Improve Academic Performance: Children build their foundation for reading and related activities from kindergarten through third grade, playing an important role in literacy development.18 In schools where older adults were a regular fixture (volunteers working 15 hours per week) children had more improved reading scores compared to their peers at other schools.19
Enhance Social Skills: Interacting with older adults enables youth to develop social networks, communication skills, problem-solving abilities, positive attitudes towards aging, a sense of purpose and community service.20 Volunteering also promotes good self-esteem. Young children who interact with older adults in a co-located facility, or shared site, experienced
higher personal and social development by 11 months compared to children in non-intergenerational facilities.21
Decrease Negative Behavior: Youth involved in intergenerational mentoring programs are 46% less likely to begin using illegal drugs, 27% less likely to begin using alcohol, and 52% less likely to skip school.22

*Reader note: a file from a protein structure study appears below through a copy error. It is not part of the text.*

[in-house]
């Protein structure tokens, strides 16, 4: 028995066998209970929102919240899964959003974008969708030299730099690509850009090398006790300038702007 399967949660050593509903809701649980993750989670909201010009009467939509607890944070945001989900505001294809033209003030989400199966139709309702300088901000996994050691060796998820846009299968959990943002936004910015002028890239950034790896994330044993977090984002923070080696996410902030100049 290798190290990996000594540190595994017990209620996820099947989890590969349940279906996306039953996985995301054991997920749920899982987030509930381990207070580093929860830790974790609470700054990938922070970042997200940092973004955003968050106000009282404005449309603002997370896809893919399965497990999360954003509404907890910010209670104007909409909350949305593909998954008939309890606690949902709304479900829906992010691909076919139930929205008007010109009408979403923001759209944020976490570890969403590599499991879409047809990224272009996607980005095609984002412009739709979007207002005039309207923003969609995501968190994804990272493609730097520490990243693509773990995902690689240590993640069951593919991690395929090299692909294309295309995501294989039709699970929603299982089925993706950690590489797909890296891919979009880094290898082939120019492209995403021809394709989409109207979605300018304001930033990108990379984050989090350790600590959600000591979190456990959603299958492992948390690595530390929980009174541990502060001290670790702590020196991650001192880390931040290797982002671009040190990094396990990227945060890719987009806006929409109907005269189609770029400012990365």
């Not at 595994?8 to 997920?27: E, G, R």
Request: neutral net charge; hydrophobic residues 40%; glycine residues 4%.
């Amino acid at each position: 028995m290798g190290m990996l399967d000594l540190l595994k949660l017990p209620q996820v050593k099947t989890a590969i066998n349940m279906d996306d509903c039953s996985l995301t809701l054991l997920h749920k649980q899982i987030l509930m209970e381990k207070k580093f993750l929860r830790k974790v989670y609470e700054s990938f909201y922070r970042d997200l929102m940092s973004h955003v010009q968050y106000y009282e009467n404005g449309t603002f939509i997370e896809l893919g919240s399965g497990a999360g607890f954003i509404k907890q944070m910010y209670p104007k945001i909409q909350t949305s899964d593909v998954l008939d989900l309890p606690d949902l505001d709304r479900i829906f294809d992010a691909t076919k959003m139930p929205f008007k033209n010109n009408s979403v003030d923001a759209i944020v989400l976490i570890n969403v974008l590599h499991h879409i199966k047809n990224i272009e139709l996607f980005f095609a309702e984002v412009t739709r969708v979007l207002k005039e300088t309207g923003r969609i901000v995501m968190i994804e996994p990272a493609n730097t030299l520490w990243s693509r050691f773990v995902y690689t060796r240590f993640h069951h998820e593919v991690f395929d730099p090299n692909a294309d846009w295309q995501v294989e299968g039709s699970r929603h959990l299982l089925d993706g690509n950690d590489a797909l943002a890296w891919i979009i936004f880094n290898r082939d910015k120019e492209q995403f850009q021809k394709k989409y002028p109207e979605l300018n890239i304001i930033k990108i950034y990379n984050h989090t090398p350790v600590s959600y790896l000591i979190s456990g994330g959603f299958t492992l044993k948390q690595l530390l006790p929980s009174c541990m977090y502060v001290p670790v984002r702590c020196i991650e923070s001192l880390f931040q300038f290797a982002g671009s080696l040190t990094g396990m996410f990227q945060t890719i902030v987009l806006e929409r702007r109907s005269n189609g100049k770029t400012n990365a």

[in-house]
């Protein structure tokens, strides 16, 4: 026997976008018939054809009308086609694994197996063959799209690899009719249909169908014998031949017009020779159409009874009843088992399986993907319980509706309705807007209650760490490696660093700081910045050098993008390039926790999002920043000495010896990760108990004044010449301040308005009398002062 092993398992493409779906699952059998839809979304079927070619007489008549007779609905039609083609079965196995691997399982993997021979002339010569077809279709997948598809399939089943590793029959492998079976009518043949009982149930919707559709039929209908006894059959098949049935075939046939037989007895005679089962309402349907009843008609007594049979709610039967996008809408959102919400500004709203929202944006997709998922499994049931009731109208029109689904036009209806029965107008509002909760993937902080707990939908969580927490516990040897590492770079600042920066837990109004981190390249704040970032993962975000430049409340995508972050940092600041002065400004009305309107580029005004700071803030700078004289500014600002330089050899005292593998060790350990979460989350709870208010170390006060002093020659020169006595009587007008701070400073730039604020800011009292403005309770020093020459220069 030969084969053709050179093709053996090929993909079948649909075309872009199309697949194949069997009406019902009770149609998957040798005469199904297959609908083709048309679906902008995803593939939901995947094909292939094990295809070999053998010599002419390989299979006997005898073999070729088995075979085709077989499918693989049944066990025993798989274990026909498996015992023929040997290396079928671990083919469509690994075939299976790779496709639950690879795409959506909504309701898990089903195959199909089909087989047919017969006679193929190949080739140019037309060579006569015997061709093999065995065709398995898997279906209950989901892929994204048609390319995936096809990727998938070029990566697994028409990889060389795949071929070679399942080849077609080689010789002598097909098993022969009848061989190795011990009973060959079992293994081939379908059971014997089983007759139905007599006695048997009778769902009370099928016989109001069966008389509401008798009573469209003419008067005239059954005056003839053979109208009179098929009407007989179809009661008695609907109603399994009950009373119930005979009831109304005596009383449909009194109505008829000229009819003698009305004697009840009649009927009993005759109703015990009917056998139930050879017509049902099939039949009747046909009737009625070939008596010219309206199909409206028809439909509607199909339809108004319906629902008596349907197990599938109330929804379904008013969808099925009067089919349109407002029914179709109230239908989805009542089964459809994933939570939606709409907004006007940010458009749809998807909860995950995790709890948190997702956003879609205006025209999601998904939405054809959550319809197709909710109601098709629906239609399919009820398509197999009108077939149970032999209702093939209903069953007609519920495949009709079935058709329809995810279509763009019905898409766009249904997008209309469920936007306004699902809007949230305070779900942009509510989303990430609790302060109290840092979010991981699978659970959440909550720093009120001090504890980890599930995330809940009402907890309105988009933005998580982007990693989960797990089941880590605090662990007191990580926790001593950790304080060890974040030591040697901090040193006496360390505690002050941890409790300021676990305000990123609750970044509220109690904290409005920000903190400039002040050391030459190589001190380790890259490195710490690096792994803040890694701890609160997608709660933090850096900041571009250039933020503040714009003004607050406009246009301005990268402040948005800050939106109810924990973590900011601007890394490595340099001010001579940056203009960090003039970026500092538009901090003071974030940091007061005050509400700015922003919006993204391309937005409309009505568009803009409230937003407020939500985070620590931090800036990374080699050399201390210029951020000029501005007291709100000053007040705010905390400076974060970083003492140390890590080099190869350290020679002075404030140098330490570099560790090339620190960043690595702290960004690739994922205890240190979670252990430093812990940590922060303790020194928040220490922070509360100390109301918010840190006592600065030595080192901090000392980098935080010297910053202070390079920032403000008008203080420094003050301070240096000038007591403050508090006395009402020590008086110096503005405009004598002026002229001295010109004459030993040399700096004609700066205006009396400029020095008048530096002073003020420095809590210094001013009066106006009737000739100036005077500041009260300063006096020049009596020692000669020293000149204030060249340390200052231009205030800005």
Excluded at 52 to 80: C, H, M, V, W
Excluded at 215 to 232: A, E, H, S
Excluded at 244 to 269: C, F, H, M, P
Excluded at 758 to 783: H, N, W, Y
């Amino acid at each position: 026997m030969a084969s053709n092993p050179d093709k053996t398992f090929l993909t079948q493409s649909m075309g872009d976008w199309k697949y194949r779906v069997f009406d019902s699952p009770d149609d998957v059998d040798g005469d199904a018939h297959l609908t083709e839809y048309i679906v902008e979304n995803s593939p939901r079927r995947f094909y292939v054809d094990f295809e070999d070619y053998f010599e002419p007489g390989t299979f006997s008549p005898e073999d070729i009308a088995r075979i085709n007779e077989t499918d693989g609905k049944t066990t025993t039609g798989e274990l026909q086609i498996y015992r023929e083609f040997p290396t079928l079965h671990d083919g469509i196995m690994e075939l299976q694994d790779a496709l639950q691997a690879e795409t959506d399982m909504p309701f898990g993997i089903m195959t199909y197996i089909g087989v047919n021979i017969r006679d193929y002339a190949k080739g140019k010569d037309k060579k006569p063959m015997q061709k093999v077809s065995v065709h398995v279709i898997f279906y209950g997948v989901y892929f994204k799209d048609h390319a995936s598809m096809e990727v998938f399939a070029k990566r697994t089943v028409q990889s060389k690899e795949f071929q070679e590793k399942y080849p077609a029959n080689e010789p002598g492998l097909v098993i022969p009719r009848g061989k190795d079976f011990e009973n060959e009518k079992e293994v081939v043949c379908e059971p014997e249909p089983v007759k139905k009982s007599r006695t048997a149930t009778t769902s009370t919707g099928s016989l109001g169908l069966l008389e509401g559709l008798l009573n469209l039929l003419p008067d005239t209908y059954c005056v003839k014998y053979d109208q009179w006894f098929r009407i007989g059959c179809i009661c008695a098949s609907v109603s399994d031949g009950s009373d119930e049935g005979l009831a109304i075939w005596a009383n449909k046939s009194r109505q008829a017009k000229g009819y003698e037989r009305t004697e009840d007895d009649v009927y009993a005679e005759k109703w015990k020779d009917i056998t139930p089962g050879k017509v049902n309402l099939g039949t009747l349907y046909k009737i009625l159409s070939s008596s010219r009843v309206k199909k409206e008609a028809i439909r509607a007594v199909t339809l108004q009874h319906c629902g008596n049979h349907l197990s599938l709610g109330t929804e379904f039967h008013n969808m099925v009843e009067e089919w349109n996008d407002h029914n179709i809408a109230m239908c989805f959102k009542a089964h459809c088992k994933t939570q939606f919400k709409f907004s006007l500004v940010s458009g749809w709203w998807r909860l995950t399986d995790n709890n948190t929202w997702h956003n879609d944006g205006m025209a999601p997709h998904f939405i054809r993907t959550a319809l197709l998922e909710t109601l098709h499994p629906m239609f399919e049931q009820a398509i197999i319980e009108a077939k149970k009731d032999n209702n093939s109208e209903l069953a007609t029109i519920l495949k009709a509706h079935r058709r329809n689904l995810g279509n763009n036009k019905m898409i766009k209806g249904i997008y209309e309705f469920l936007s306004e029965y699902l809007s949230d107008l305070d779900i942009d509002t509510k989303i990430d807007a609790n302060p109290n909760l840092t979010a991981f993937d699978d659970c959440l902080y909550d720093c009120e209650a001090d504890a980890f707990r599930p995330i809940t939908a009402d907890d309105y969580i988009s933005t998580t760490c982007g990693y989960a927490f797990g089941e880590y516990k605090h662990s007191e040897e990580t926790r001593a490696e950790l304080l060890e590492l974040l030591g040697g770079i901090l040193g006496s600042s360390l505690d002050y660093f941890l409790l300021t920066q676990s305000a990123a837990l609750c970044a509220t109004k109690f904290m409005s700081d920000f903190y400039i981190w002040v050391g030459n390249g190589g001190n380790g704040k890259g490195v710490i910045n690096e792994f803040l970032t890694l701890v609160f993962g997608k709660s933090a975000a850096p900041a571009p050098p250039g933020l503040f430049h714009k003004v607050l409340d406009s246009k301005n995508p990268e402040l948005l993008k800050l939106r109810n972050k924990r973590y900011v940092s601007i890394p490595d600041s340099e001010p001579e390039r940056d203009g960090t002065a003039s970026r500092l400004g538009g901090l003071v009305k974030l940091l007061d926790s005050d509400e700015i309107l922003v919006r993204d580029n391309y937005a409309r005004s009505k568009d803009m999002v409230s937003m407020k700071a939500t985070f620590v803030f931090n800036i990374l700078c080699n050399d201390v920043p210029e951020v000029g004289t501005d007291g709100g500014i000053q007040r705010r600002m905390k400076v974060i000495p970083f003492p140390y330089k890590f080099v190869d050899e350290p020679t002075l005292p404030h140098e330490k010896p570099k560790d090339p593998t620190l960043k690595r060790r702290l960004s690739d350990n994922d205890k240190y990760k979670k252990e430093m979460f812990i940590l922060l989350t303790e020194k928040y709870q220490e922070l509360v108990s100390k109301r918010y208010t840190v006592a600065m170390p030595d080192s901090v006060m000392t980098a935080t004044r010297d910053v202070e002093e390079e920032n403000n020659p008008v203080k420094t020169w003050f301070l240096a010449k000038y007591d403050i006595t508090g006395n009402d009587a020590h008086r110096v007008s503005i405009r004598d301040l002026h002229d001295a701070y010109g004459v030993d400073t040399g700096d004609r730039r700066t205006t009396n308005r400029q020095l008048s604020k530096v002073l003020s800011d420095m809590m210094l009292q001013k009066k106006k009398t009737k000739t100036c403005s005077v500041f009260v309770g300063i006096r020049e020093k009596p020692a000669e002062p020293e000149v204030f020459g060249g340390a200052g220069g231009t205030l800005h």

Increase Stability: Children and youth gain positive role models with whom they can interact on a regular basis. They develop many positive relationships to civic attitudes and behaviors including volunteering habits, sense of efficacy and trust.23
Benefits for the Community
Strengthen Community: Intergenerational programs bring together diverse groups and networks and help to dispel inaccurate and negative stereotypes. Sharing talents and resources help to create a unified group identity. Children, youth, and older adults are less alienated while the community recognizes that they can be contributing members of society. These programs also help preserve historical and cultural traditions, enhance community spirit and strengthen partnerships among community
organizations and individuals.
Maximize Human Resources: Intergenerational community service programs can multiply human resources by engaging older adults and youth as volunteers in different types of opportunities and populations.
Encourage Cultural Exchange: Intergenerational programs promote the transmission of cultural traditions and values from older to younger generations, helping to build a sense of personal and societal identity while encouraging tolerance.